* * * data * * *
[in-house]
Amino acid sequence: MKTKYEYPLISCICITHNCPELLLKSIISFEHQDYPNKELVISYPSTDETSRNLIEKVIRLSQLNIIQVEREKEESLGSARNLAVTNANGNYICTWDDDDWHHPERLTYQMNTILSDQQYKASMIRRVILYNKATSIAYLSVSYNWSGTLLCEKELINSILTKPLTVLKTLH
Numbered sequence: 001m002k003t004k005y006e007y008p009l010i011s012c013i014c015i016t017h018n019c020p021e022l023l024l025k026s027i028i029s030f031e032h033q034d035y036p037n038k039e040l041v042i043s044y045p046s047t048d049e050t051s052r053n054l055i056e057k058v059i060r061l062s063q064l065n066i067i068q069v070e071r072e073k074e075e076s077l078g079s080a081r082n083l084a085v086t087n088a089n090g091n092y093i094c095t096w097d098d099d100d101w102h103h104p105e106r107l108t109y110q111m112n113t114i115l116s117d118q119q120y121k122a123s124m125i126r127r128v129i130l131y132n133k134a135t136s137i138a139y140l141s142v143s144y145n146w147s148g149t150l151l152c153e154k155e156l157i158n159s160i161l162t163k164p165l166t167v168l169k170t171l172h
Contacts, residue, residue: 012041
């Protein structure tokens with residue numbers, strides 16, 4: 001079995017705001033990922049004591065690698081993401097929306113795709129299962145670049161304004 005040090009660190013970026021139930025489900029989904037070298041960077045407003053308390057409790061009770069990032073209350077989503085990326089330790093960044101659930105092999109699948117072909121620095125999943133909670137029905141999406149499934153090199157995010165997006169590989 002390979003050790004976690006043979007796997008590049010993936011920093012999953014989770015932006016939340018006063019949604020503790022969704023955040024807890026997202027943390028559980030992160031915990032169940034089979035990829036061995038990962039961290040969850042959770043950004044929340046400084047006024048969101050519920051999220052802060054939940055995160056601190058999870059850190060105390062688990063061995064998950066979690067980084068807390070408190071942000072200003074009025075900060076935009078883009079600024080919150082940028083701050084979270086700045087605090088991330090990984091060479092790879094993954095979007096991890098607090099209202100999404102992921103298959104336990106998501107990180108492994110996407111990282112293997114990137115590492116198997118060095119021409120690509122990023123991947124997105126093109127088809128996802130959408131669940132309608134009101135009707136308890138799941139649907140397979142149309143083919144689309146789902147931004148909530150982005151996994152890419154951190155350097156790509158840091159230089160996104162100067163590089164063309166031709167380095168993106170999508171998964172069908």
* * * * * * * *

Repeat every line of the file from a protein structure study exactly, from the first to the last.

[in-house]
Amino acid sequence: MKTKYEYPLISCICITHNCPELLLKSIISFEHQDYPNKELVISYPSTDETSRNLIEKVIRLSQLNIIQVEREKEESLGSARNLAVTNANGNYICTWDDDDWHHPERLTYQMNTILSDQQYKASMIRRVILYNKATSIAYLSVSYNWSGTLLCEKELINSILTKPLTVLKTLH
Numbered sequence: 001m002k003t004k005y006e007y008p009l010i011s012c013i014c015i016t017h018n019c020p021e022l023l024l025k026s027i028i029s030f031e032h033q034d035y036p037n038k039e040l041v042i043s044y045p046s047t048d049e050t051s052r053n054l055i056e057k058v059i060r061l062s063q064l065n066i067i068q069v070e071r072e073k074e075e076s077l078g079s080a081r082n083l084a085v086t087n088a089n090g091n092y093i094c095t096w097d098d099d100d101w102h103h104p105e106r107l108t109y110q111m112n113t114i115l116s117d118q119q120y121k122a123s124m125i126r127r128v129i130l131y132n133k134a135t136s137i138a139y140l141s142v143s144y145n146w147s148g149t150l151l152c153e154k155e156l157i158n159s160i161l162t163k164p165l166t167v168l169k170t171l172h
Contacts, residue, residue: 012041
């Protein structure tokens with residue numbers, strides 16, 4: 001079995017705001033990922049004591065690698081993401097929306113795709129299962145670049161304004 005040090009660190013970026021139930025489900029989904037070298041960077045407003053308390057409790061009770069990032073209350077989503085990326089330790093960044101659930105092999109699948117072909121620095125999943133909670137029905141999406149499934153090199157995010165997006169590989 002390979003050790004976690006043979007796997008590049010993936011920093012999953014989770015932006016939340018006063019949604020503790022969704023955040024807890026997202027943390028559980030992160031915990032169940034089979035990829036061995038990962039961290040969850042959770043950004044929340046400084047006024048969101050519920051999220052802060054939940055995160056601190058999870059850190060105390062688990063061995064998950066979690067980084068807390070408190071942000072200003074009025075900060076935009078883009079600024080919150082940028083701050084979270086700045087605090088991330090990984091060479092790879094993954095979007096991890098607090099209202100999404102992921103298959104336990106998501107990180108492994110996407111990282112293997114990137115590492116198997118060095119021409120690509122990023123991947124997105126093109127088809128996802130959408131669940132309608134009101135009707136308890138799941139649907140397979142149309143083919144689309146789902147931004148909530150982005151996994152890419154951190155350097156790509158840091159230089160996104162100067163590089164063309166031709167380095168993106170999508171998964172069908």